The World's Healthiest Foods

The Healthiest Babies’ Mothers Eat Fish

A new Danish study suggests that cold-water fish, some of the World’s Healthiest Foods, are an especially important part of a pregnant woman’s diet.

Pregnant women who never ate fish were more than three times as likely to deliver prematurely or give birth to an underweight baby when compared to women who ate fish at least once a week, this just published study found.

Following up on an earlier study of women in the Faroe Islands, where fish makes up a large part of the diet and the incidence of premature birth and low birth-weight babies is unusually low, this additional study took another look at the link between of fish consumption and healthy babies.

The new study, conducted at the Skejby University Hospital in Aarhus, Denmark, involved 8,729 pregnant women. These mothers-to-be were surveyed twice during prenatal care about their diet, and the information used to evaluate the relationship between their consumption of seafood during pregnancy and their risk for a preterm delivery and/or low birth weight baby.

The findings were dramatic: those who ate no fish were 3.6 times as likely to deliver prematurely as those in the group that ate at least one main course of fish each week. The occurrence of preterm delivery differed significantly across four groups of seafood intake, falling progressively from 7.1% in the group never consuming fish to 1.9% in the group consuming fish as a hot meal and an open sandwich with fish at least once a week. Researchers believe that the omega-3 fats, which are found found in highest amounts in cold-water fish, confer protection against preterm delivery and low birth weight and suggest that pregnant women be encouraged to eat fish.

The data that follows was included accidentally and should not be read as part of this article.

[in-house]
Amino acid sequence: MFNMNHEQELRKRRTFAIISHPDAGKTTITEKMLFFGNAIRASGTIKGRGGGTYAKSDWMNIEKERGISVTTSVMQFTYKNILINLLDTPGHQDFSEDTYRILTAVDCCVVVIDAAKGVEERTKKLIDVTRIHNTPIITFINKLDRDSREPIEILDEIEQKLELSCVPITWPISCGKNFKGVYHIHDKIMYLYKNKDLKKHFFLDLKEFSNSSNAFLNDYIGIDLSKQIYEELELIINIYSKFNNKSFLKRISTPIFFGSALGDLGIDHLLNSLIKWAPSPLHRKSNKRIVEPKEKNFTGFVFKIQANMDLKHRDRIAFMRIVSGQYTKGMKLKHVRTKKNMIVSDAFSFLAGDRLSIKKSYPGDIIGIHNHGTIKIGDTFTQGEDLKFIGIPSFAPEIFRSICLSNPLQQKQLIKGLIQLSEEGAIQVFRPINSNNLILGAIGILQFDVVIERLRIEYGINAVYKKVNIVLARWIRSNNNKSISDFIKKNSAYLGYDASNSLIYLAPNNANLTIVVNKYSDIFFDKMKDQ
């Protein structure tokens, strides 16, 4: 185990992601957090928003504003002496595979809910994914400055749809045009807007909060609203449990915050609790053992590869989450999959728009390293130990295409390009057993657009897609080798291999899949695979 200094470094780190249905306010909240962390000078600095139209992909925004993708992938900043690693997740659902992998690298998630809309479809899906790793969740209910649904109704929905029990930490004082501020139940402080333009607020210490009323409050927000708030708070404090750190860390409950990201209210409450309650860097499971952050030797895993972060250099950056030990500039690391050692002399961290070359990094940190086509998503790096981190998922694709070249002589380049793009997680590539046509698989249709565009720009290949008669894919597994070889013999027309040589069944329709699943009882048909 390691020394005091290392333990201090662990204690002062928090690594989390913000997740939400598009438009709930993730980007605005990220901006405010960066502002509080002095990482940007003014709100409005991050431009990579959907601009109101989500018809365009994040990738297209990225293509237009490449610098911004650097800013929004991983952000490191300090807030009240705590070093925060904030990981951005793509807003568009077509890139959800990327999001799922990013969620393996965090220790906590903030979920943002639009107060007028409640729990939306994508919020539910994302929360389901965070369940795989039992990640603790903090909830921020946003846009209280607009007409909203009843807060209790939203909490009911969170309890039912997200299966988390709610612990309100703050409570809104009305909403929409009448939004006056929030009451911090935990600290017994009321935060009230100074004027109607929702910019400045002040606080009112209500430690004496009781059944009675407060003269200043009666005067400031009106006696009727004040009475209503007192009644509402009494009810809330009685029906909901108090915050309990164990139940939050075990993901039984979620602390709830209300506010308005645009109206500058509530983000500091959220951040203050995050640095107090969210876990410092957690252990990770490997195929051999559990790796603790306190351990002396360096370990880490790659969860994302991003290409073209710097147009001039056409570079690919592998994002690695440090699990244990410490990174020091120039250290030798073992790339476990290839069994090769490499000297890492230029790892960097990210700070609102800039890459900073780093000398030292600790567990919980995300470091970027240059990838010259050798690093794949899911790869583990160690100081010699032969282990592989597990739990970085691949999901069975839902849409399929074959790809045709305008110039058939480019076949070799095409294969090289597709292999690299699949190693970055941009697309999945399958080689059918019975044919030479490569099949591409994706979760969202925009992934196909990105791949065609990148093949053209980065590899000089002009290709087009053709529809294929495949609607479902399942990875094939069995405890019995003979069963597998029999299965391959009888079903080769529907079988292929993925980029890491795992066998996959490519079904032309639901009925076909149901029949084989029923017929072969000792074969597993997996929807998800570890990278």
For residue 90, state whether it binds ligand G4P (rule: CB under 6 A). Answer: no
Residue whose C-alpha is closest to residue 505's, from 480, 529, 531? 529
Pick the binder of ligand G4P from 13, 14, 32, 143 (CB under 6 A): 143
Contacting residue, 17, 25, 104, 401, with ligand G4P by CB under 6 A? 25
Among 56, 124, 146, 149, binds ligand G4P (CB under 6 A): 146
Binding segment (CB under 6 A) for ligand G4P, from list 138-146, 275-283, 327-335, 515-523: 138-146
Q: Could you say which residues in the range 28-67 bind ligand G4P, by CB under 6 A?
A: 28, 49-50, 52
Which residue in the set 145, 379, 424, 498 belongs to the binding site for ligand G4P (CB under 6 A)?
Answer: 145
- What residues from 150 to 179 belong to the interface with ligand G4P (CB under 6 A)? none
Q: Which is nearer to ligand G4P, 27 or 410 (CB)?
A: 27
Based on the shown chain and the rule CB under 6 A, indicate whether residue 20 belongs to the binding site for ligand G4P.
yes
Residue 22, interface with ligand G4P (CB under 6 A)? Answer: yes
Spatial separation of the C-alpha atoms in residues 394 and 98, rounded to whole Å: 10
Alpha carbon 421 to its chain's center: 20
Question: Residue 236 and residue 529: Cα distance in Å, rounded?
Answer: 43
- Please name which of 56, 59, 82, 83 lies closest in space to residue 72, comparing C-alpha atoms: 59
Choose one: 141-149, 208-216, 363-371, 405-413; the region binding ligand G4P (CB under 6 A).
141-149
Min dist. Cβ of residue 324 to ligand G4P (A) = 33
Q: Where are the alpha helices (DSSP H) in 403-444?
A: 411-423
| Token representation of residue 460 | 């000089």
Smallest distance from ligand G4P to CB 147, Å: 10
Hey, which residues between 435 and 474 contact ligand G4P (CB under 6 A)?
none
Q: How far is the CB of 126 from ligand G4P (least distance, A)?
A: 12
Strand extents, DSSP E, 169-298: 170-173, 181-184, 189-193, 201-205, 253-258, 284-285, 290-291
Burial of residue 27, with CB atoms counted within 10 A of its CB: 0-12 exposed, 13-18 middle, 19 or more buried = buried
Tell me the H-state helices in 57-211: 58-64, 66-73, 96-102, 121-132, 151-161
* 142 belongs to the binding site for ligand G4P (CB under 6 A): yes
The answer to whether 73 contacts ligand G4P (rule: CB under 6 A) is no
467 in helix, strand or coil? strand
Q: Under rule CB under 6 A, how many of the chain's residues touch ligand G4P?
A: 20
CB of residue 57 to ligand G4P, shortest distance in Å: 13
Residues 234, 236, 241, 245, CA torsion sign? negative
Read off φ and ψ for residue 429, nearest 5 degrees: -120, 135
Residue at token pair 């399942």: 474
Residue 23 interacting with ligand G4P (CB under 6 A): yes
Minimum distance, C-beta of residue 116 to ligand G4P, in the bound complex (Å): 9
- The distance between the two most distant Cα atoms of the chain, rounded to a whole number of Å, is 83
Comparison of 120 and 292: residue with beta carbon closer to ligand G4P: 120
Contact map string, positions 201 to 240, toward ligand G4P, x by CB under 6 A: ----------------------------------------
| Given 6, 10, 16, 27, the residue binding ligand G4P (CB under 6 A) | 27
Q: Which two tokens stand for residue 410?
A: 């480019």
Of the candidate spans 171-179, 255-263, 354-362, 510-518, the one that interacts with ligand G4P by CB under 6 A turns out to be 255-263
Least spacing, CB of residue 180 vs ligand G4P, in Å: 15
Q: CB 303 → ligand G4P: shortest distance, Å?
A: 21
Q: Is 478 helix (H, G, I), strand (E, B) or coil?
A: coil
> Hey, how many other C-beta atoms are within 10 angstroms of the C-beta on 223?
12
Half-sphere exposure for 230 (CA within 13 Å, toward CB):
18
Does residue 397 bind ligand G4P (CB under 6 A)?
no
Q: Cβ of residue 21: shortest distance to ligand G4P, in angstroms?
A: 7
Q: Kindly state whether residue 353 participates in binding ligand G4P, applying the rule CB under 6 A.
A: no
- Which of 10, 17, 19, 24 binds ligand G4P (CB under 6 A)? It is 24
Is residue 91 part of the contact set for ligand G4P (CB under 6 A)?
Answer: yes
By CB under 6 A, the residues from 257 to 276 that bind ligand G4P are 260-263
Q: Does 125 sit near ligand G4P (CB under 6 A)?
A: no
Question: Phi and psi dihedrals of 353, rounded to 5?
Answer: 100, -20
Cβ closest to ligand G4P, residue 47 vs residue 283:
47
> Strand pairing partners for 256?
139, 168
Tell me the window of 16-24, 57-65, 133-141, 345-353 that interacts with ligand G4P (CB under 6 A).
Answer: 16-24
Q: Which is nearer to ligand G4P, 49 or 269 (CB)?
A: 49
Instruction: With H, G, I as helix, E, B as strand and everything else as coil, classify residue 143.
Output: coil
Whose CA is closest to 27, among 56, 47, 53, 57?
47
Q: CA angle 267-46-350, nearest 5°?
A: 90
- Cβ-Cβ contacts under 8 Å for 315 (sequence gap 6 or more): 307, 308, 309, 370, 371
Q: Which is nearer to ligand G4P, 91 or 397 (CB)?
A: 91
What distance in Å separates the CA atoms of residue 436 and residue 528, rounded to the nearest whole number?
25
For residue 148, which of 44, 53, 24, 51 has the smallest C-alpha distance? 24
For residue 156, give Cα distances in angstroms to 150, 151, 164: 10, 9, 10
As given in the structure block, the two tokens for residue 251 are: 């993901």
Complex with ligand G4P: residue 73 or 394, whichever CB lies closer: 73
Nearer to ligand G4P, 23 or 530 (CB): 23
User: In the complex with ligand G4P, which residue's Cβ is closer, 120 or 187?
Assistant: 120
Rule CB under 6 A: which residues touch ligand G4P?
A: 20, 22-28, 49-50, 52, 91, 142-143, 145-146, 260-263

For suggestions as to how to enjoy fish, truly some of the World’s Healthiest Foods, more often, click on the Recipe Assistant, select any of fish found on the healthy foods list, and click on the Submit button. A list containing links to all the World's Healthiest Foods' recipes containing the fish chosen will appear immediately below.

Reference: Olsen SF, Secher NJ. Low consumption of seafood in early pregnancy as a risk factor for preterm delivery: prospective cohort study. British Medical Journal 2002 Feb 23;324(7335):447

This page was updated on: 2002-04-06 02:27:28
© 2002 The George Mateljan Foundation